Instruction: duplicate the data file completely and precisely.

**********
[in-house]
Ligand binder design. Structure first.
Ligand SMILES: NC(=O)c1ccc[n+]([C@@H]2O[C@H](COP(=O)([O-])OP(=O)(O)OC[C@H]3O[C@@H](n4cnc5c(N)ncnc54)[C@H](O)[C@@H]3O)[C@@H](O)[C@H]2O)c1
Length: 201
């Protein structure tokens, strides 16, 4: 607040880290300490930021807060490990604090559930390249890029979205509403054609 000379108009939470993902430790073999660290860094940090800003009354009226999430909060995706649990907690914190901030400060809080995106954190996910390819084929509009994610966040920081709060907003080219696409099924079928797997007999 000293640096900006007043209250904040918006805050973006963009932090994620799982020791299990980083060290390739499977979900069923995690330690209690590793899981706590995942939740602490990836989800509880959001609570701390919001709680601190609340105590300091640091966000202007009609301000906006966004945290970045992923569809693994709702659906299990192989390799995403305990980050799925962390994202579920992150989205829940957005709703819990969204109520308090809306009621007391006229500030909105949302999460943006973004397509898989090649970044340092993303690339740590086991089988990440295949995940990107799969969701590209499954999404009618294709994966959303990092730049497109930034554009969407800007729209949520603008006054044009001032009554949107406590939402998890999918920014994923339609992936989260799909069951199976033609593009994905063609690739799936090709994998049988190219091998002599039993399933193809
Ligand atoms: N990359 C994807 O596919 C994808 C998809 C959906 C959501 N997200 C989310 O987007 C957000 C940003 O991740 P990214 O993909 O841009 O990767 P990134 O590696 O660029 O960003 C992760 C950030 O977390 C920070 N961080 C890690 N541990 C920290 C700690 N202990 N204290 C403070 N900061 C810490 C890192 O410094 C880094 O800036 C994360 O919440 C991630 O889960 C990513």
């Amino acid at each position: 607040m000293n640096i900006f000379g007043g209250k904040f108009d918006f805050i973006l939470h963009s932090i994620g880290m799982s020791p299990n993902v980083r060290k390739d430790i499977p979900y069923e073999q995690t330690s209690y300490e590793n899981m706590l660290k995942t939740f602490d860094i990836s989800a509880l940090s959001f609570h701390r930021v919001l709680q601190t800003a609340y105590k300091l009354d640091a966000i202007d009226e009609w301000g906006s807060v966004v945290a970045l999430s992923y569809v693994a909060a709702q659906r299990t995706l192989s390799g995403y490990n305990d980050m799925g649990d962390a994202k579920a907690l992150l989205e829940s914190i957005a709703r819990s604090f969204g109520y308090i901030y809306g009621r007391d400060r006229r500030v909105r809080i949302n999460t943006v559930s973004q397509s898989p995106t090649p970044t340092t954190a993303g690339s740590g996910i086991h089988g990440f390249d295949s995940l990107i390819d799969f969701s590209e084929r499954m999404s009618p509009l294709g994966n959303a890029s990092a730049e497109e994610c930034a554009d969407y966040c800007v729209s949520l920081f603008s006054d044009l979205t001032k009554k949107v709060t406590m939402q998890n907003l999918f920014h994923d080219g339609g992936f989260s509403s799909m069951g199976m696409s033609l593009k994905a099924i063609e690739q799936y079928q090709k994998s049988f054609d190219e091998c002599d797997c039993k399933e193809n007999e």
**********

[in-house]
Ligand binder design. Structure first.
Ligand SMILES: NC(=O)c1ccc[n+]([C@@H]2O[C@H](COP(=O)([O-])OP(=O)(O)OC[C@H]3O[C@@H](n4cnc5c(N)ncnc54)[C@H](O)[C@@H]3O)[C@@H](O)[C@H]2O)c1
Length: 201
């Protein structure tokens, strides 16, 4: 607040880290300490930021807060490990604090559930390249890029979205509403054609 000379108009939470993902430790073999660290860094940090800003009354009226999430909060995706649990907690914190901030400060809080995106954190996910390819084929509009994610966040920081709060907003080219696409099924079928797997007999 000293640096900006007043209250904040918006805050973006963009932090994620799982020791299990980083060290390739499977979900069923995690330690209690590793899981706590995942939740602490990836989800509880959001609570701390919001709680601190609340105590300091640091966000202007009609301000906006966004945290970045992923569809693994709702659906299990192989390799995403305990980050799925962390994202579920992150989205829940957005709703819990969204109520308090809306009621007391006229500030909105949302999460943006973004397509898989090649970044340092993303690339740590086991089988990440295949995940990107799969969701590209499954999404009618294709994966959303990092730049497109930034554009969407800007729209949520603008006054044009001032009554949107406590939402998890999918920014994923339609992936989260799909069951199976033609593009994905063609690739799936090709994998049988190219091998002599039993399933193809
Ligand atoms: N990359 C994807 O596919 C994808 C998809 C959906 C959501 N997200 C989310 O987007 C957000 C940003 O991740 P990214 O993909 O841009 O990767 P990134 O590696 O660029 O960003 C992760 C950030 O977390 C920070 N961080 C890690 N541990 C920290 C700690 N202990 N204290 C403070 N900061 C810490 C890192 O410094 C880094 O800036 C994360 O919440 C991630 O889960 C990513």
């Amino acid at each position: 607040m000293n640096i900006f000379g007043g209250k904040f108009d918006f805050i973006l939470h963009s932090i994620g880290m799982s020791p299990n993902v980083r060290k390739d430790i499977p979900y069923e073999q995690t330690s209690y300490e590793n899981m706590l660290k995942t939740f602490d860094i990836s989800a509880l940090s959001f609570h701390r930021v919001l709680q601190t800003a609340y105590k300091l009354d640091a966000i202007d009226e009609w301000g906006s807060v966004v945290a970045l999430s992923y569809v693994a909060a709702q659906r299990t995706l192989s390799g995403y490990n305990d980050m799925g649990d962390a994202k579920a907690l992150l989205e829940s914190i957005a709703r819990s604090f969204g109520y308090i901030y809306g009621r007391d400060r006229r500030v909105r809080i949302n999460t943006v559930s973004q397509s898989p995106t090649p970044t340092t954190a993303g690339s740590g996910i086991h089988g990440f390249d295949s995940l990107i390819d799969f969701s590209e084929r499954m999404s009618p509009l294709g994966n959303a890029s990092a730049e497109e994610c930034a554009d969407y966040c800007v729209s949520l920081f603008s006054d044009l979205t001032k009554k949107v709060t406590m939402q998890n907003l999918f920014h994923d080219g339609g992936f989260s509403s799909m069951g199976m696409s033609l593009k994905a099924i063609e690739q799936y079928q090709k994998s049988f054609d190219e091998c002599d797997c039993k399933e193809n007999e």